October 06, 2016


How Does That Make You Feel? True Confessions from Both Sides of the Therapy Couch. Edited by Sherry Amatenstein. Seal Press. $17.

     An anthology is, by definition, something of a mishmash. An anthology of short essays about people whose lives are something of a mishmash is a kind of meta-mishmash. And that is How Does That Make You Feel? It is important to understand that “both sides of the therapy couch” have mishmash lives – the most-valuable lesson to be gleaned from a book that is by turns overwrought and maddeningly superficial. Editor Sherry Amatenstein, trained as a licensed clinical social worker, titles her brief introduction to the book “We’re All Crazy,” and that is the underlying message here: therapists’ patients, by definition, have a wide array of psychological problems – but so do therapists themselves. Whether this is supposed to be reassuring or not is never quite clear.

     There are 34 brief entries here. Amatenstein’s own, “Therapist Without a Clue,” offers a fair sample of the approach taken by therapist contributors, starting with an explanation that it is her birthday and she is spending it “seeing nine patients in a row. Boom, boom, boom, boom – assuaging other people’s hurt while I bury my own.” Nine pages later, Amatenstein has achieved a tiny bit of closure for herself by deciding to go out for her birthday after all. This is pretty much the pattern for the therapists’ entries in How Does That Make You Feel? “I Really, Really Hate You” by Beth Sloan (a pseudonym “for obvious reason,” Amatenstein says, but so much for being open and aboveboard) is about one of this therapist’s sessions with a woman who bemoans getting only $2,500 a week from her husband, is constantly having plastic surgery, insists on showing Dr. Beth her breasts, and causes the doctor to need repeated puffs on the inhaler that she has used since developing asthma as a result, she says, of being abused by fellow junior-high-school students. The patient’s behavior reminds Dr. Beth of her own mother’s insistence that giving birth caused “my [vaginal] lips” to be “hanging down like cow’s udders” and of her mom telling the child who would become Dr. Beth, “You made me ugly down there.”

     If revelations like these – there are lots of them – make it seem as if the therapists are the ones who ought to be in therapy, readers will be gratified to know that they are: the vast majority of people who practice what is now called “talk therapy” have therapists of their own. Becoming a patient, it is believed, makes the whole therapeutic process easier to understand and the concerns of patients easier to accept with sympathy and empathy.

     Does this work? It depends on what “work” means in this context. The therapists who write here are functioning professionals,  but they often seem barely to be keeping things together either personally or professionally. If this is true in general, it may help explain why therapists at times cross the line, sometimes egregiously so, as is clear from some patients’ essays. “Therapy Undercover: Satin Shirts and Sex Talk” by Estelle Erasmus, for example, is about the child psychologist whom Erasmus saw when she was 16 – a man preoccupied with getting Erasmus turned on, or at least getting her to say she is turned on, even though she tells him she is not attracted to him: “My answer never changed, though he campaigned constantly as if one day it could.” Abusiveness by therapists is a recurring theme of the patients’ contributions to How Does That Make You Feel? In one of the shortest essays, the three-and-a-half-page “The Therapist Who Shouldn’t Be One,” Patti Davis talks about the mistake she made in seeing the same therapist who was treating her boyfriend – apparently the two men behaved toward her in much the same way, because, she says, “after about eight months of this, I finally woke up to the fact that I was being bullied and torn down by both of them.” Brief though this entry is, it makes an appropriately pithy point about this whole anthology when Davis writes that “even though someone has a degree in psychology and a list of patients, he can still be manipulative, toxic, and probably more ill than most of the patients he claims to treat.”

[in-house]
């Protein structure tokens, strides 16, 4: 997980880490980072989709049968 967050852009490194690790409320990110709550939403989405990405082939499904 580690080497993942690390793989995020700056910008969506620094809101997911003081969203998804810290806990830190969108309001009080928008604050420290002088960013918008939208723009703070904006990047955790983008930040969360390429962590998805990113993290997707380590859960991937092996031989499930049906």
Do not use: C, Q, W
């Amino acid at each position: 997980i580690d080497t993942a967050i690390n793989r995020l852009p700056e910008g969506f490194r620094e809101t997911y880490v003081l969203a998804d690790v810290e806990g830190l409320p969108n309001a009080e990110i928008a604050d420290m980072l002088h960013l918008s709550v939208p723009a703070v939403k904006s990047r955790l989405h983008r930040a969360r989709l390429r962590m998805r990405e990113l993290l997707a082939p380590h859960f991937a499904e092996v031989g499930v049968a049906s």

Perhaps not “more ill,” on the basis of the tales here, but “just as ill” seems to fit. Yet it is hard to know whether these stories are typical or whether they exist on the outskirts of the therapeutic world. For one thing, only six of the 34 are written by men; this could point to gender bias of some kind, or simply underline the fact that the book’s publisher calls itself “a forum for women writers and feminist issues,” but it would be nice to know which. For another thing, Amatenstein makes no real attempt to provide context for the essays, simply describing them as “no-holds-barred” and saying they will “humanize” therapists “but will not trivialize the process.” But they do trivialize it – by reducing it to a set of short, pointed, occasionally very moving but often merely bad-tempered and superficial commentaries on a form of mental-health treatment that by definition is profoundly unsettling and, also by definition, is practiced by some people who would be better off doing other things. The intimacy of “talk therapy” is very different from that of other, physical forms of medicine. Most of the essays in Amatenstein’s  book are enough to make one wonder why anyone would want to be involved in it – on either side of the therapy couch.

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